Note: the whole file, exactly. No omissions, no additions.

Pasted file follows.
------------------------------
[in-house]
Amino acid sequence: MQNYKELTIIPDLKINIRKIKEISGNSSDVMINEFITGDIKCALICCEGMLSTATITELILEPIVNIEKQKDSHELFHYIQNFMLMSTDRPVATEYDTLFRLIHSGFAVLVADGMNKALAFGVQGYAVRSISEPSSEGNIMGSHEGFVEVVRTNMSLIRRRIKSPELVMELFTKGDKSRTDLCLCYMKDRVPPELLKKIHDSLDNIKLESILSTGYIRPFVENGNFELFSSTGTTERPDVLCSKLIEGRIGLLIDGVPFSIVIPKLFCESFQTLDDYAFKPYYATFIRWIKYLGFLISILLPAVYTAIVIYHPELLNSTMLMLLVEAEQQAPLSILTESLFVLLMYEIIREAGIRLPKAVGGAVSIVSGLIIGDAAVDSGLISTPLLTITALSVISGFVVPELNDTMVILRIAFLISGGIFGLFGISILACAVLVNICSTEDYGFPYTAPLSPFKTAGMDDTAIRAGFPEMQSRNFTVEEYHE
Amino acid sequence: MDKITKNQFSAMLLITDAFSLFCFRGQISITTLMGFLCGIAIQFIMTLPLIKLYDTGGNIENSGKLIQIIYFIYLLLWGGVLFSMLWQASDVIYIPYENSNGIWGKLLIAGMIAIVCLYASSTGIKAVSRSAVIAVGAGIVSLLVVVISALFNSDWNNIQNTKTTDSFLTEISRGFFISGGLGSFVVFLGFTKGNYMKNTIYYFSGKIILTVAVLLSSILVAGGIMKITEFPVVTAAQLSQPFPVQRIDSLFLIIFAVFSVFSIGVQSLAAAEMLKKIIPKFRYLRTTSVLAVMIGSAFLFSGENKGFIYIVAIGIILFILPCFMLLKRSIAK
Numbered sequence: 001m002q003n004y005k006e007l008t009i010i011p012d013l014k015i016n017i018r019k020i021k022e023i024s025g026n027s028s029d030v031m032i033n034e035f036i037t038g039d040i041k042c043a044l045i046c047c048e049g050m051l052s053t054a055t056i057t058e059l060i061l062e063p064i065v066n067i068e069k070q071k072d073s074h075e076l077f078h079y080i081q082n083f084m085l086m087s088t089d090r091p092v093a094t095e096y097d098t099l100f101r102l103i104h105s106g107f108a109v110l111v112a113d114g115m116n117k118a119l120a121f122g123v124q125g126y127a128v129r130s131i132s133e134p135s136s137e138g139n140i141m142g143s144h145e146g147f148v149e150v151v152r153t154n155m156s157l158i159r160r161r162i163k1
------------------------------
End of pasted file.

[in-house]
Amino acid sequence: MQNYKELTIIPDLKINIRKIKEISGNSSDVMINEFITGDIKCALICCEGMLSTATITELILEPIVNIEKQKDSHELFHYIQNFMLMSTDRPVATEYDTLFRLIHSGFAVLVADGMNKALAFGVQGYAVRSISEPSSEGNIMGSHEGFVEVVRTNMSLIRRRIKSPELVMELFTKGDKSRTDLCLCYMKDRVPPELLKKIHDSLDNIKLESILSTGYIRPFVENGNFELFSSTGTTERPDVLCSKLIEGRIGLLIDGVPFSIVIPKLFCESFQTLDDYAFKPYYATFIRWIKYLGFLISILLPAVYTAIVIYHPELLNSTMLMLLVEAEQQAPLSILTESLFVLLMYEIIREAGIRLPKAVGGAVSIVSGLIIGDAAVDSGLISTPLLTITALSVISGFVVPELNDTMVILRIAFLISGGIFGLFGISILACAVLVNICSTEDYGFPYTAPLSPFKTAGMDDTAIRAGFPEMQSRNFTVEEYHE
Amino acid sequence: MDKITKNQFSAMLLITDAFSLFCFRGQISITTLMGFLCGIAIQFIMTLPLIKLYDTGGNIENSGKLIQIIYFIYLLLWGGVLFSMLWQASDVIYIPYENSNGIWGKLLIAGMIAIVCLYASSTGIKAVSRSAVIAVGAGIVSLLVVVISALFNSDWNNIQNTKTTDSFLTEISRGFFISGGLGSFVVFLGFTKGNYMKNTIYYFSGKIILTVAVLLSSILVAGGIMKITEFPVVTAAQLSQPFPVQRIDSLFLIIFAVFSVFSIGVQSLAAAEMLKKIIPKFRYLRTTSVLAVMIGSAFLFSGENKGFIYIVAIGIILFILPCFMLLKRSIAK
Numbered sequence: 001m002q003n004y005k006e007l008t009i010i011p012d013l014k015i016n017i018r019k020i021k022e023i024s025g026n027s028s029d030v031m032i033n034e035f036i037t038g039d040i041k042c043a044l045i046c047c048e049g050m051l052s053t054a055t056i057t058e059l060i061l062e063p064i065v066n067i068e069k070q071k072d073s074h075e076l077f078h079y080i081q082n083f084m085l086m087s088t089d090r091p092v093a094t095e096y097d098t099l100f101r102l103i104h105s106g107f108a109v110l111v112a113d114g115m116n117k118a119l120a121f122g123v124q125g126y127a128v129r130s131i132s133e134p135s136s137e138g139n140i141m142g143s144h145e146g147f148v149e150v151v152r153t154n155m156s157l158i159r160r161r162i163k1